To sum up my training to this point – after RAD ballet – I didn't study Graham; my body didn't suit it – I studied Cunningham, contemporary barre work, Limˇn with Paula Thompson, Juan Antonio, Louis Falco, and Horton with Susan Macpherson. In my last year, two classmates and I were approved for an independent study by Keith Urban, who was then chair at York, and we started a company, inspired by Dancemakers. We wanted to manage and fundraise for a company, to learn these skills. Keith was open to letting us create our own study, so he said yes. Because we were starting a company, and were in our last year, the professors pretty much let us do what we wanted.
Our company was called Dance Allegro. There were three of us – me, Lisa Hopkins and Kerry Weir. This was supposedly unheard of – but we applied for, and got, a grant from the Ontario Arts Council. It's great when you're young, because you're so ignorant! We phoned Susan Cohen [then OAC Dance Officer] – she said, “You should come to the Council and we should have a meeting.” So we went, unprepared as we'd never had a meeting with a dance officer before. I remember her grilling us, asking lots of questions. As a graduation show we were presenting work at the Winchester Street Theatre. The grant was about a thousand dollars, not a lot, but for us it was a lot, because being at York meant we got a lot of things free – studio space was free, and all our friends were contributing. Yes, we were fortunate. I don't know if that could ever happen now.
I really concentrated on the artistry of performance. Even when I started tiger princess dance projects, it was really mainly focussed on myself being a performer and commissioning others to create work on me. That was my desire, after being an independent for so many years; I wanted to continue working with certain people.
Sometimes, after an intense six months of working with a choreographer on a creative and performance process, the work and learning was pretty much over. But in that closeness, there is a lot of learning – not only about yourself as a performer, but about creative process. There is choreographic learning too – you learn how people make work and what decisions they make. When I started tiger princess it was to focus on me as a performer, with certain choreographers highlighted. I had no desire to choreograph; I really liked being able to be someone's muse. I liked being able to come into the room and be the psychic reader … intuiting, with the choreographer, where they wanted the work to go. I really enjoyed that sort of contribution.
CA: Can you describe your journey toward becoming a choreographer?
YN: Bill [James] opened the choreographic door. He had travelled in Southeast Asia a lot and was interested in the Asian arts. He really wanted us to bring ourselves into his process, to infuse steps, the shape of choreography, with our own colours. “Here's the improvisation score, this is the concept,” he would say, and ask what else we could bring to the work. I started choreographing, in a way, through him. He really wanted me to be myself. At the time I thought, “What do you mean, be myself?” Now I can answer that question, but then I didn't know what that might mean. He would talk about all the different Southeast Asian art forms. Of course I knew what he was talking about. I'd watched and listened, and it was all part of the culture I'd grown up with; it was sort of in the body, so I could almost mimic it. I'd also had a couple of bharatanatyam lessons. Bill really wanted me to try to merge those influences with the work. It was challenging; it felt right and wrong at the same time.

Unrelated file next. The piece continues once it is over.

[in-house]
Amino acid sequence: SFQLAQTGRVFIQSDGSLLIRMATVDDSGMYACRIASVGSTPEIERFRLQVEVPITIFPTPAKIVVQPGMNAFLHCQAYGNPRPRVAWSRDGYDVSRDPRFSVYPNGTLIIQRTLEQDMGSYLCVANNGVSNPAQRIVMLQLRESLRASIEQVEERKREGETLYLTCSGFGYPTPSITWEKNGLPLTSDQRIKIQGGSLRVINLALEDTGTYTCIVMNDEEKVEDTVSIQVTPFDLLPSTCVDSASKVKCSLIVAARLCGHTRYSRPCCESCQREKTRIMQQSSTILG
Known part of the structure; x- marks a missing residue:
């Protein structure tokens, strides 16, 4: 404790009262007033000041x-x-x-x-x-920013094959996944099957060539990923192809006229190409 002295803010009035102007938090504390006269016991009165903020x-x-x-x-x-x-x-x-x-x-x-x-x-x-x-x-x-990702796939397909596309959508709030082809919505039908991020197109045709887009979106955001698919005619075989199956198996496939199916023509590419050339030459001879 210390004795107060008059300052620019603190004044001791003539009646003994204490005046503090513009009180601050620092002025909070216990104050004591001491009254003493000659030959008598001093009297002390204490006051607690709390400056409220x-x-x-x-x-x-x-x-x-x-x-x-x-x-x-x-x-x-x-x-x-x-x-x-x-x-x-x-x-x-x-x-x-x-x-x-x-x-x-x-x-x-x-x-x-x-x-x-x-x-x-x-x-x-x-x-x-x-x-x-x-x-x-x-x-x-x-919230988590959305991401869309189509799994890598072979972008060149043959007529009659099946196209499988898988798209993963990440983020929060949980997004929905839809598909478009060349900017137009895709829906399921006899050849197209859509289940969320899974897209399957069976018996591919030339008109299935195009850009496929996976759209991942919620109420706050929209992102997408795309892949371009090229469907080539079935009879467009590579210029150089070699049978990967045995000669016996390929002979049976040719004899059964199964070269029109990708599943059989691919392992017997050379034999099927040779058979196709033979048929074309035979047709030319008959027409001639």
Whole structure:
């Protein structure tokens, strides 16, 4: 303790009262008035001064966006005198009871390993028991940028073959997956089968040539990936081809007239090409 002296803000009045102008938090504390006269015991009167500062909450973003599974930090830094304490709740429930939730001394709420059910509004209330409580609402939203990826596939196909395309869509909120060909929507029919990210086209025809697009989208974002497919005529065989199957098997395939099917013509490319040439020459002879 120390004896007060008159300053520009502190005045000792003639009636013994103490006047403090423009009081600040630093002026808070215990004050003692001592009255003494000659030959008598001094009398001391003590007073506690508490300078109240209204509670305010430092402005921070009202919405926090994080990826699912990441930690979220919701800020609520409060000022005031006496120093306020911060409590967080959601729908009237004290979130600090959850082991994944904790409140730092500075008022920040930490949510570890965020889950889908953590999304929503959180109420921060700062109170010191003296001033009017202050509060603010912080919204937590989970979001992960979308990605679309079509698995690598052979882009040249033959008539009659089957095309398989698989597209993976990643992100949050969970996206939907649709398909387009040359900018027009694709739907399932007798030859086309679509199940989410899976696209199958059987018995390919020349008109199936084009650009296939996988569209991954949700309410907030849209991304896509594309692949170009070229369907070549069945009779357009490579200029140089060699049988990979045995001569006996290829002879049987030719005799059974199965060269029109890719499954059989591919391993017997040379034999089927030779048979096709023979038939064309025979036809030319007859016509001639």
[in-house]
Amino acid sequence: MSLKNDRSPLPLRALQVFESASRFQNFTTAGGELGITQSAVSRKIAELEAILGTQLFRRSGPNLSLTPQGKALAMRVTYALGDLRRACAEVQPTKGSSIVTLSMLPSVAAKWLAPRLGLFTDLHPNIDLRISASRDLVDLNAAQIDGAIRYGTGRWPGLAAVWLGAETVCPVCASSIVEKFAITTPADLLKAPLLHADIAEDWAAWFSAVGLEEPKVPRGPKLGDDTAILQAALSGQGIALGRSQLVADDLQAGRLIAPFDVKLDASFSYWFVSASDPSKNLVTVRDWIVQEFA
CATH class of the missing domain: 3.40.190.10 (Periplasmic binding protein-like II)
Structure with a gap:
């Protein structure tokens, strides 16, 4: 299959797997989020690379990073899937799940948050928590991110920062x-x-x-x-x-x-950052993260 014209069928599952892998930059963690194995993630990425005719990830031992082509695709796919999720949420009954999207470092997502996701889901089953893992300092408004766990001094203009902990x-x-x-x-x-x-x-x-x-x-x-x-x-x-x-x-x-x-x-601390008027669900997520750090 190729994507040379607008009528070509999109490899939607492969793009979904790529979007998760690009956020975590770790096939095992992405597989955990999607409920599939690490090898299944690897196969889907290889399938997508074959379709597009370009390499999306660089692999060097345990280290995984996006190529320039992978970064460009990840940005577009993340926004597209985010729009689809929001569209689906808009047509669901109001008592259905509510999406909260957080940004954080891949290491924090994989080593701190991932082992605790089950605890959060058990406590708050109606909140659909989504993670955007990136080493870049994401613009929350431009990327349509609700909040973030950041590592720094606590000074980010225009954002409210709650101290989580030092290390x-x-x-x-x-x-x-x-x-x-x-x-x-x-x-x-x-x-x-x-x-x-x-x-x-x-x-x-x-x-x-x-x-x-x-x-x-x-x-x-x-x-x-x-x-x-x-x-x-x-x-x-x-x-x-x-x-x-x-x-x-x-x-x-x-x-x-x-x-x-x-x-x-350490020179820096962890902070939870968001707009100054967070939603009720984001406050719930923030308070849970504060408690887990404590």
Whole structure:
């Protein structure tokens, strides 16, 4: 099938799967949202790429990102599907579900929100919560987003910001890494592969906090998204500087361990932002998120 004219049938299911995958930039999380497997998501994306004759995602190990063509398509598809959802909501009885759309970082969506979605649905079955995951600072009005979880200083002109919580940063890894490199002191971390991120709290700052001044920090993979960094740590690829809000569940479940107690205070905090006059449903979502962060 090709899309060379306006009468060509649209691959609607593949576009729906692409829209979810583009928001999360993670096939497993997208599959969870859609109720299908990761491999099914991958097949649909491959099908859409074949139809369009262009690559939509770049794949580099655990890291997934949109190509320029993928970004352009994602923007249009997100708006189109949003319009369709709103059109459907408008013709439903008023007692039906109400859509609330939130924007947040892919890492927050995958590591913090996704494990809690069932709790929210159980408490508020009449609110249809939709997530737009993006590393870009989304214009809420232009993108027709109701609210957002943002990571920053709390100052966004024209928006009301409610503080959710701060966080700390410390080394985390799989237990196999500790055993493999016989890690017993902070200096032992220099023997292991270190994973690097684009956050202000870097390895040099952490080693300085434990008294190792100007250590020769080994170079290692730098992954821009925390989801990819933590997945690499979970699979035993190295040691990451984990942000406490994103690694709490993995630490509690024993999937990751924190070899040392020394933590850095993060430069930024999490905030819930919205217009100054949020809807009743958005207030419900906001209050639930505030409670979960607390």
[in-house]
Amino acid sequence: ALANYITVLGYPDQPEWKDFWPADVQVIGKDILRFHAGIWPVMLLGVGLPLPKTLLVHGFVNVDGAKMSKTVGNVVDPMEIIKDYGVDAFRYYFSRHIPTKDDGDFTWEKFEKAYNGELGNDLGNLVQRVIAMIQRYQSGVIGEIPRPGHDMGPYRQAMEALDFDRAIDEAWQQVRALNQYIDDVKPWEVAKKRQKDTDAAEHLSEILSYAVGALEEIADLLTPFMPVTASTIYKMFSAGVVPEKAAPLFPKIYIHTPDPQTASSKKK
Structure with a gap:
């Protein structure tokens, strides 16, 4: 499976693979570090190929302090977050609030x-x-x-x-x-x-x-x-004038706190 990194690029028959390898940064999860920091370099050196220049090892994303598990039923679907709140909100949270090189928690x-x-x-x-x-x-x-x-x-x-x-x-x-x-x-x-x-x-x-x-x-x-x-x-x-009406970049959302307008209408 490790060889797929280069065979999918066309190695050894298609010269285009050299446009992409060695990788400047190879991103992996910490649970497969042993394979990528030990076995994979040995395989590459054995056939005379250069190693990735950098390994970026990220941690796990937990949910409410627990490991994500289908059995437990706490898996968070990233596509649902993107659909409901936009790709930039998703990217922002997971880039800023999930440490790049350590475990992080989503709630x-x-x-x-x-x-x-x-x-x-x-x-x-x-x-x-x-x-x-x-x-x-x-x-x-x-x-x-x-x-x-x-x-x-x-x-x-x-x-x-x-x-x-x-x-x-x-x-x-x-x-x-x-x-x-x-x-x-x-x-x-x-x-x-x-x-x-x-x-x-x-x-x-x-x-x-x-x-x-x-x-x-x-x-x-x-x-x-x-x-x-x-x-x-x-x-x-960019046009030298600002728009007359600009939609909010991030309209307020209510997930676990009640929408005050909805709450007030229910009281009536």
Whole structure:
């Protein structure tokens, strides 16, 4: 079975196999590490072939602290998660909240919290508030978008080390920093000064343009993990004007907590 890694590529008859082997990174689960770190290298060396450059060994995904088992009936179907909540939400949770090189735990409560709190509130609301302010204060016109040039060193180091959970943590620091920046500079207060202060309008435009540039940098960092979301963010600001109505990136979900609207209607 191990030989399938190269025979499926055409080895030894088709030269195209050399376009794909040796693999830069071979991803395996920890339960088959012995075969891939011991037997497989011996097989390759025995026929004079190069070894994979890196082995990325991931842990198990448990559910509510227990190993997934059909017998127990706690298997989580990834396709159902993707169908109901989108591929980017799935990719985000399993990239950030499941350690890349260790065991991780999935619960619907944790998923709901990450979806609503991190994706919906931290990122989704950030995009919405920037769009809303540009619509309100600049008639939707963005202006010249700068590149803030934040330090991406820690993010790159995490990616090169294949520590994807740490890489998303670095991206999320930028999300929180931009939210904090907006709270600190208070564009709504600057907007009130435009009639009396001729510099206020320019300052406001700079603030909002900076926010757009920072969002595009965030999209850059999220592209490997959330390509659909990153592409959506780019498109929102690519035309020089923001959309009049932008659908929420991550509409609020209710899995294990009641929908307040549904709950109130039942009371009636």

The wrong part was that I felt he was asking me to appropriate – and I didn't understand. Now I understand better. Then I couldn't see beyond myself, but he could; people can sometimes see things in you that you can't really see. We did all kinds of experimentation, and he opened up my eyes to different ways of seeing and experimenting. The possibilities were endless; it was limitless, how as a dancer you could draw from within your history, even on vocabulary that might not even belong to you – but you could absorb it. Then there were all the different questions you could ask, or be asked. That created a spark for me. I started moving in ways I never knew existed, and it was Bill who opened that door. It was a bit of a surprise to me.
Over the years, I've been thinking about how there was collision and tension within myself. Singaporeans are brought up to be very westernized – my parents made sure we were westernized so we could assimilate. That's part of the mindset of working hard for a better future. For instance, I went to school in English. Singapore is multilingual, so you can choose to send your children to school in different languages. English, Indian, Malay, Tamil or Chinese could be your first language in school, and a second language is compulsory. My parents chose English and Mandarin as a second; English is the “official” language of Singapore. And of course, we have our own dialect. I can speak Malay too, because of my cultural background.
Choosing English was so that I could assimilate. At one point they thought about sending me to Chinese school while my sister went to English school, and then at home we would exchange. But we're Catholics – so I went to my sister's school, which was a whole convent/nun scene.
It has taken time for me to realize that even though I come across as very westernized, there are a lot of Asian sensibilities at work in me. I think that's not apparent to many people – and there are choices. Even the way I speak is a conscious choice: to sound like you. I could speak Singlish. It's bastardized English mixed in with Chinese. The accents are different, and the grammar is all mixed up. And the form is much more like Chinese structure.